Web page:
| 9:00 am on Jun 10, 2013 (gmt 0)|
@chalkywhite - Its a bit complex actually. Say you are linking to a website that has been manually penalized for selling links and maybe Black Hat, then you do come under the scanner.
And if there is reciprocal of links then you do face Google's flak.
| 9:48 am on Jun 10, 2013 (gmt 0)|
Guys, any idea if disavowed link disappear from the Webmaster Tools inbound links? Or do they stay there?
| 9:55 am on Jun 10, 2013 (gmt 0)|
Have submitted my request for disavow 2 months back, the incoming links still appear on GWT. Not sure if that is normal.
| 11:55 am on Jun 10, 2013 (gmt 0)|
I don't think the links will disappear from GWT. Disavowing is supposed to be similar to slapping a rel="nofollow" on a link. WMT still shows nofollowed links.
| 8:54 pm on Jun 11, 2013 (gmt 0)|
Matt Cutts produced a video on the 6 most common mistakes involving the disavow tool and reconsideration request associated with it: [youtube.com...]
This was followed by Kaspar Szymanski who heads up the Google reconsideration request team reviewing disavow submissions : [plus.google.com...]
RustyBrick [ Barry Schwartz ] summarised the mistakes and process' to recover like this : [seroundtable.com...]
|(1) File you upload should be a regular text file only. No syntax, etc. People often upload word docs, excel spreadsheets, etc. Just upload a text file. |
(2) Typically, the first attempt by users are to be very specific and fine tuned with their individual urls. Instead use a domain: command and disavow the whole site. That is often better. See our machete story.
(3) Wrong syntax is another common issue, use the right syntax.
(4) Do not write the story on why you are disavowing in the disavow text file. Do that instead in the reconsideration request, not in the text file.
(5) With that, when you do that, they use comment out tags. So don't add lots or any comments, it will increase the chance of errors on Google's parser.
(6) The disavow is not the be all and end all. It will not cure all your URLs. Clean up your links outside of the disavow tool as well, don't just go this route.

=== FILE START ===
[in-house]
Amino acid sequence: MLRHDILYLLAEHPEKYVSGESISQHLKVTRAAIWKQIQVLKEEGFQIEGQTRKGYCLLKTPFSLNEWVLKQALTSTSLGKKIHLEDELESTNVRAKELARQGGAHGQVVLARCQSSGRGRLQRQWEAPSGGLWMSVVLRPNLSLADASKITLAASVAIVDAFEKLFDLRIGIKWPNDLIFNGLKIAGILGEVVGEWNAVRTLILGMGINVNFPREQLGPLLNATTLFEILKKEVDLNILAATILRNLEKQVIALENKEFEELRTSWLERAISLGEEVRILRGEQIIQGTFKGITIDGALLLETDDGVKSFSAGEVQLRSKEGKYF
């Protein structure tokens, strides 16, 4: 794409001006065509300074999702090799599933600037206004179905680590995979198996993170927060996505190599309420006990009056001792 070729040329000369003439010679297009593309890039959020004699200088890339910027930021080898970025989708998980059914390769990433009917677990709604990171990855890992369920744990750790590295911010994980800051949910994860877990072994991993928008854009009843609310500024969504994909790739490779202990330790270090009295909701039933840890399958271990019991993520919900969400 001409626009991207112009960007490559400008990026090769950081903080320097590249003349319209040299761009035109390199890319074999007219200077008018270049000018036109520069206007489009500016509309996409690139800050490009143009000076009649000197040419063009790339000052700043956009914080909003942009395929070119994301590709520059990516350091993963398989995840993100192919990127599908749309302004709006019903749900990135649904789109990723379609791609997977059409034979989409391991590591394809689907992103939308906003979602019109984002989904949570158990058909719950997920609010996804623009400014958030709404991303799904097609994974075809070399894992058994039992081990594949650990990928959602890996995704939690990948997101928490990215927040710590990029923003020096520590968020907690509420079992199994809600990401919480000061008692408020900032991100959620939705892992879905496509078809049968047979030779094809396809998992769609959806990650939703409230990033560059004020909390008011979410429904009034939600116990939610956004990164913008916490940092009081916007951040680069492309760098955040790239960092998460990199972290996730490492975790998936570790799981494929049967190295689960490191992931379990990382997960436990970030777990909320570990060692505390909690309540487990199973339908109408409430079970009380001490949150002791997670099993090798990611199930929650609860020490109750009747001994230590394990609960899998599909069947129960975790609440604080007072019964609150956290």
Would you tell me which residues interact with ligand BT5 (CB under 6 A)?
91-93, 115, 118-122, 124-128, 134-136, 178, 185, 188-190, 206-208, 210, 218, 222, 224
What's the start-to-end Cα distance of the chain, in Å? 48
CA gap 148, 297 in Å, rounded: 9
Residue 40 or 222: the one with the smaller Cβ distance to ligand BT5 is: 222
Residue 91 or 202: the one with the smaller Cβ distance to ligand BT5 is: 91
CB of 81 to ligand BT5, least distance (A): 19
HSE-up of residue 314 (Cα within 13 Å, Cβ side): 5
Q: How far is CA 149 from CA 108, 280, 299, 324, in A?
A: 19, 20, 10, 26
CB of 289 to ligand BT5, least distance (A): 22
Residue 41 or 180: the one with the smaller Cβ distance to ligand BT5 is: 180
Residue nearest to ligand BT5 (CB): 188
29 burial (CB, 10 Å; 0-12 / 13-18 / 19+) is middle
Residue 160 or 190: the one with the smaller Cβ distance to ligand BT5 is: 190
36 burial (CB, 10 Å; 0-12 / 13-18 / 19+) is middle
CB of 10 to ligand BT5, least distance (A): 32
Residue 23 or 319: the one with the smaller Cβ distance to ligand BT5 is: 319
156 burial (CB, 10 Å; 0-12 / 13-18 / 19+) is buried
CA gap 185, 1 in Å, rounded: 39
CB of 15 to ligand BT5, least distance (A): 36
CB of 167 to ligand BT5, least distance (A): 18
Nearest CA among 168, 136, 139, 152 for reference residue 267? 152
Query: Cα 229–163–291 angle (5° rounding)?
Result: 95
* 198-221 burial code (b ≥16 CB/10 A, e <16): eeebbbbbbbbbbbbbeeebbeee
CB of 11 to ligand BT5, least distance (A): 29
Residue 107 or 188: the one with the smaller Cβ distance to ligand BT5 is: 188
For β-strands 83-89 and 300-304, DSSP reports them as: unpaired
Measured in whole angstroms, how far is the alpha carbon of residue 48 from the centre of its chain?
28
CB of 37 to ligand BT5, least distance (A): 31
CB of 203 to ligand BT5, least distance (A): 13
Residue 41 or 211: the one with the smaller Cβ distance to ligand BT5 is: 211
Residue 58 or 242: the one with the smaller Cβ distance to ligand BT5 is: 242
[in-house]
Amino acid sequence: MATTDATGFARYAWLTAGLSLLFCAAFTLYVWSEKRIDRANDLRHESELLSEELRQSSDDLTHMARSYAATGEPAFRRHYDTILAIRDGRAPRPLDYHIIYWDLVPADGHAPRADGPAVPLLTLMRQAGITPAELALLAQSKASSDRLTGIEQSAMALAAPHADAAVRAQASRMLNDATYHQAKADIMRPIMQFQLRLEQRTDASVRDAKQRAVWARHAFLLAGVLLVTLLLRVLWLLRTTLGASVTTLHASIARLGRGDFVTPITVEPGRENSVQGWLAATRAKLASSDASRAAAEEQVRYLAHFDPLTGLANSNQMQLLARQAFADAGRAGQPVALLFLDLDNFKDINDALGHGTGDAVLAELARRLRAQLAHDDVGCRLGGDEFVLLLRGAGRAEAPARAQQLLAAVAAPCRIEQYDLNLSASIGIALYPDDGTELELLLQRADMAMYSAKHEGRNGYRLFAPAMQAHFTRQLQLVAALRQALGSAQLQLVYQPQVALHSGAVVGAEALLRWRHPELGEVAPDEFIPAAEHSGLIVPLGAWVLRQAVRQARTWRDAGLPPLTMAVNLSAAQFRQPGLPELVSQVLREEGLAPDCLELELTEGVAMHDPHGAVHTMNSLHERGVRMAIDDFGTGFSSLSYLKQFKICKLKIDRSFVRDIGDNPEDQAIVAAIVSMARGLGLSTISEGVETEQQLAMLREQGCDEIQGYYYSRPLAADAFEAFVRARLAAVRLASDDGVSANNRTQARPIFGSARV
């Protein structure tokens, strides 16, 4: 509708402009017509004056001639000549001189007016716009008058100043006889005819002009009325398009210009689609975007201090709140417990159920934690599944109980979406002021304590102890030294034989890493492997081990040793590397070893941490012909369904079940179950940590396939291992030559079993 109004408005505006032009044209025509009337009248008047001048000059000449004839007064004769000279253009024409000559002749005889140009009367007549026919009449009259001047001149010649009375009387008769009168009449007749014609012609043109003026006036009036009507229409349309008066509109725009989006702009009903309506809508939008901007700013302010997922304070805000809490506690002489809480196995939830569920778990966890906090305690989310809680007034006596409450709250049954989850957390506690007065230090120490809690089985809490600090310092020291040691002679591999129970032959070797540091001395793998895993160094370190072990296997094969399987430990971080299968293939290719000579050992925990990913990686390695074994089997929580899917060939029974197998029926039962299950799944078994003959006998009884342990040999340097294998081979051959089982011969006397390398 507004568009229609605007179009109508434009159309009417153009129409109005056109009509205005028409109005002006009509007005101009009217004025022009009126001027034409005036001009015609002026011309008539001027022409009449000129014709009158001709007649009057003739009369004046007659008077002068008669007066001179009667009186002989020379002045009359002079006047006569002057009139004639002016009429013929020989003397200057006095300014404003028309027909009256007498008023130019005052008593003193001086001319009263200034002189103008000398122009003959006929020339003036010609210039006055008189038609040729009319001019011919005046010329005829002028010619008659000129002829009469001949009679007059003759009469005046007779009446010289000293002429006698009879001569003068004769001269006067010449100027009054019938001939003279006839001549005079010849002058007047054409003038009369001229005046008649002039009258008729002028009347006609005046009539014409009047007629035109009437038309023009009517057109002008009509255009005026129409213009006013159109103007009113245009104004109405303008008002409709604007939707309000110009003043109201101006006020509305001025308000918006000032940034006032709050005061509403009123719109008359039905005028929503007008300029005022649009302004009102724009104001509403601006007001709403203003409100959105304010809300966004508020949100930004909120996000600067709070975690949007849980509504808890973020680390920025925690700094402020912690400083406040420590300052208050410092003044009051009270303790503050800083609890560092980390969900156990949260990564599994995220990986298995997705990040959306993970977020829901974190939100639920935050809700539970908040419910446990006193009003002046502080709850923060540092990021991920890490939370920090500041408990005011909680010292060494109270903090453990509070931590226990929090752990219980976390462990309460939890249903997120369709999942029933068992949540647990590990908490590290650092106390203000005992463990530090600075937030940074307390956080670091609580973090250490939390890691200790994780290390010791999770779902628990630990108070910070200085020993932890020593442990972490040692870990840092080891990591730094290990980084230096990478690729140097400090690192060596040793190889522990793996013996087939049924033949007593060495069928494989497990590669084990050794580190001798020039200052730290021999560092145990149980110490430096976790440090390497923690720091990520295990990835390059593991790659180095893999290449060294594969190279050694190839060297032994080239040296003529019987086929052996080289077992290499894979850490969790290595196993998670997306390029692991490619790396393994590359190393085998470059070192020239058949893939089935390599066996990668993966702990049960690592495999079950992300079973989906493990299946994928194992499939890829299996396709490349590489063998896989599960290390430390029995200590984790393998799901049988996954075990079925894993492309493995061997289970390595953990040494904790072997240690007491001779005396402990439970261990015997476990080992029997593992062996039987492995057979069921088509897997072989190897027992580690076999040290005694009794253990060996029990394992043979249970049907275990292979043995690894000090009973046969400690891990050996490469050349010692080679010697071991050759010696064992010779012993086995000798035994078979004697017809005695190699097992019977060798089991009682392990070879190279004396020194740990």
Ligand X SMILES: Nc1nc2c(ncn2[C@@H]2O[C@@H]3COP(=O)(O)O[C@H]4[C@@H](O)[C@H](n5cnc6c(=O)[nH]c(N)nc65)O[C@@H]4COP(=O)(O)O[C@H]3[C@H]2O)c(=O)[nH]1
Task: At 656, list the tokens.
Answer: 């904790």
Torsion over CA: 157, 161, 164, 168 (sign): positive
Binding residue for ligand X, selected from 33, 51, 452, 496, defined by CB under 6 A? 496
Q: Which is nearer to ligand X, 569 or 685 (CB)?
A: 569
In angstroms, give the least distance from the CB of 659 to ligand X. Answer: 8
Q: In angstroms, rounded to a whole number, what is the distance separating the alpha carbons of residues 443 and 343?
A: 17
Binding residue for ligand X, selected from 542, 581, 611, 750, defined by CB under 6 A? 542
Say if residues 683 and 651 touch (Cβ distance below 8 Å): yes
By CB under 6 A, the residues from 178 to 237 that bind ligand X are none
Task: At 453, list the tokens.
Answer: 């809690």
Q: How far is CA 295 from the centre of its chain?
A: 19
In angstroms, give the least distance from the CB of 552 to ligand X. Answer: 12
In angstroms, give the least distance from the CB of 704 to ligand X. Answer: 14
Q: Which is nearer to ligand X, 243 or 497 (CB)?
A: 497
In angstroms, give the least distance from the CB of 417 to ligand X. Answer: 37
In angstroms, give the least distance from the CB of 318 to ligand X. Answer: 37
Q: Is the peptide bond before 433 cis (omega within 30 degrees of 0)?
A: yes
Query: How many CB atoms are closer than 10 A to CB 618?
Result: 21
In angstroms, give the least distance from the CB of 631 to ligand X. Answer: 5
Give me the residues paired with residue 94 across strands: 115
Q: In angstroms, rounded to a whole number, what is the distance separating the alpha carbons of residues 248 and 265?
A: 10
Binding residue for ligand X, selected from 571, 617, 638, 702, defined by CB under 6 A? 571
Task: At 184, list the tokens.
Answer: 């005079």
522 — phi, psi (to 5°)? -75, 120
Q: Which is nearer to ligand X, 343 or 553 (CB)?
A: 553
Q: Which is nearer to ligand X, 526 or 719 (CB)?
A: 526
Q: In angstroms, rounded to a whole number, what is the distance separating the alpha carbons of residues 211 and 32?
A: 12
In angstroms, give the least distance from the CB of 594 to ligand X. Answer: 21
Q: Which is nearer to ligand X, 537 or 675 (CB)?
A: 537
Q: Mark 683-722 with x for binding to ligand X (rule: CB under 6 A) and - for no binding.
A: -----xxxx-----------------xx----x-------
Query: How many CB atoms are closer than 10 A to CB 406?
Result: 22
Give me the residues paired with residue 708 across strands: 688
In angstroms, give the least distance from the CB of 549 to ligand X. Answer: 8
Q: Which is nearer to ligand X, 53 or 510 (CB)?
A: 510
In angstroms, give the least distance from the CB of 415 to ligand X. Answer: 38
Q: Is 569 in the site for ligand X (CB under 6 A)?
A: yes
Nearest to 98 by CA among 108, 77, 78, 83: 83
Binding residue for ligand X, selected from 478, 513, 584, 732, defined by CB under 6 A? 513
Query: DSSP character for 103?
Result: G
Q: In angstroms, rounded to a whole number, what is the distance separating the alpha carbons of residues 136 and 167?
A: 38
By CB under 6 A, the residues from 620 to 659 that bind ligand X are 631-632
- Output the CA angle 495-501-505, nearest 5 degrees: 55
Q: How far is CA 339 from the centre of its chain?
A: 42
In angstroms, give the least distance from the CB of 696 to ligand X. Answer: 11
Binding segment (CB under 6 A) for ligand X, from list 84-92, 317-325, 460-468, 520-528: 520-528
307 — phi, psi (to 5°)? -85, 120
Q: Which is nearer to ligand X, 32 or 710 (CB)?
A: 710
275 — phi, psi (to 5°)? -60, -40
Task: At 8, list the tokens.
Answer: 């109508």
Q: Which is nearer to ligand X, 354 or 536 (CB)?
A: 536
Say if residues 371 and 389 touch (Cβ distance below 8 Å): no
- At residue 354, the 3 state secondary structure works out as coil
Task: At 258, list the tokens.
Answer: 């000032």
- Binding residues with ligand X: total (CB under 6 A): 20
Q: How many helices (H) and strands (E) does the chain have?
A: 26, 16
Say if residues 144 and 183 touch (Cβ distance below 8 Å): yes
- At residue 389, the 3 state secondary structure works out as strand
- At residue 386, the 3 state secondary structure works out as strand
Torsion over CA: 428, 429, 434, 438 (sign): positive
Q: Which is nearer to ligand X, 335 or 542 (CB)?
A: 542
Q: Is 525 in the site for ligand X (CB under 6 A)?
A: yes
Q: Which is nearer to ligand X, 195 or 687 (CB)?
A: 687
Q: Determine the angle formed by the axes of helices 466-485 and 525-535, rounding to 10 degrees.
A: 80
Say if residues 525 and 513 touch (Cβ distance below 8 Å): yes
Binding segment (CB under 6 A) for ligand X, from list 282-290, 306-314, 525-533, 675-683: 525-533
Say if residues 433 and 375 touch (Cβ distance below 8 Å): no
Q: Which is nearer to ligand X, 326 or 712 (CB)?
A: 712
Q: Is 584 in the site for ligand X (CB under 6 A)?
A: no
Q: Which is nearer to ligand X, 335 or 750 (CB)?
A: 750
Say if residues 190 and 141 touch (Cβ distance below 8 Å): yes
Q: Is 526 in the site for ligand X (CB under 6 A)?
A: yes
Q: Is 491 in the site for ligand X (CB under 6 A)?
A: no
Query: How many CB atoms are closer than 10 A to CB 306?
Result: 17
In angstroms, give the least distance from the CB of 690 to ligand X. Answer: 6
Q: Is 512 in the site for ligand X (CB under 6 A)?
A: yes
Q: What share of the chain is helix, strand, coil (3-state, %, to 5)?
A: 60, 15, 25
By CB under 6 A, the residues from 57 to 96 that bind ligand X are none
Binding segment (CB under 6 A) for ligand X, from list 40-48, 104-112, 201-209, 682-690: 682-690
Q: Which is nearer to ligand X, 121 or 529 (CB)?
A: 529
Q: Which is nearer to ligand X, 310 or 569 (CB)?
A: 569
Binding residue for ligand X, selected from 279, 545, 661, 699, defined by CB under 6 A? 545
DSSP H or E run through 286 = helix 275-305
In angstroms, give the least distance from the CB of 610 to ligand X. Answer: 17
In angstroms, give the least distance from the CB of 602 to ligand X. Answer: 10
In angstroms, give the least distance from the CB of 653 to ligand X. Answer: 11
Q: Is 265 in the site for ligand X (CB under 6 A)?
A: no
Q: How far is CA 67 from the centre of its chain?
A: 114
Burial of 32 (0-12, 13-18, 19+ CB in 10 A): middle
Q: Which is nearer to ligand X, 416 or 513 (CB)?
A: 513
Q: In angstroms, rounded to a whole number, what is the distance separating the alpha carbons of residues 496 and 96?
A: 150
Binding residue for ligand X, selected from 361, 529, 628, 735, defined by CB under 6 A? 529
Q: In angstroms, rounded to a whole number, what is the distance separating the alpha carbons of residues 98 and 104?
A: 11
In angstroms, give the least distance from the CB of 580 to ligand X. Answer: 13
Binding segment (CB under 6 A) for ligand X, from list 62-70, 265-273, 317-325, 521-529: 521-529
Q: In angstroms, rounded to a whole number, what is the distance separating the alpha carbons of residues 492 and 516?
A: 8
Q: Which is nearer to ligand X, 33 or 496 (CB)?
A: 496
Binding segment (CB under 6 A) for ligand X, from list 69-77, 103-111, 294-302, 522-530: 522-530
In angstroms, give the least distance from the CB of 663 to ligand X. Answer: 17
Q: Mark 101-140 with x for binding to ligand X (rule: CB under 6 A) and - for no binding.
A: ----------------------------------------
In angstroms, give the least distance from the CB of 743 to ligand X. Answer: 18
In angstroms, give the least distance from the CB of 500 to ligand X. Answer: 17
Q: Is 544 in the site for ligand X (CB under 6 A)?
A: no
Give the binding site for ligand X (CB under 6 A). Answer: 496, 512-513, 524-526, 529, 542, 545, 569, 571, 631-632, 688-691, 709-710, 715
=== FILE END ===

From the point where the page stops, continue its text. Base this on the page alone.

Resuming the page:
Kaspar Szymanski, a member of the Google web spam team said on Google+:
As I'm involved in the reconsideration request process, let me tell you this a very important video to watch for any webmaster who has experienced spammy backlinks issues. [seroundtable.com...]
Several webmasters posted their recovery experiences on the discussions that follow on Kaspar Szymanski's page.
|@Whitey - Iceman88: Saw improvements within 2 weeks. |
After 4 weeks we noticed traffic starting to return to previous levels, until penguin 2.0 hit of course. [webmasterworld.com...]
For those that reported no recovery on this thread [webmasterworld.com...] it would be interesting to hear with some accuracy what they did/ didn't do.
Webmaster's and site owners can recover from Penguin 1.0 and 2.0 and I'm looking forward to seeing more recovery success stories shortly.
| 9:09 pm on Jun 11, 2013 (gmt 0)|
I don't see these?
|Several webmasters posted their recovery experiences on the discussions that follow on Kaspar Szymanski's page. |
| 9:16 pm on Jun 11, 2013 (gmt 0)|
|I sucessfully did a recon last year. |
1st attempt - with a scalple
2nd attempt - used a machete.
|If you have had a manual penalty - unnatural link warning, you would need to file a recon request to have your site removed from manual penalty. |
If your site has not been affected by manual penalty, then you do not need to file a recon request because this is an algortihmic penalty.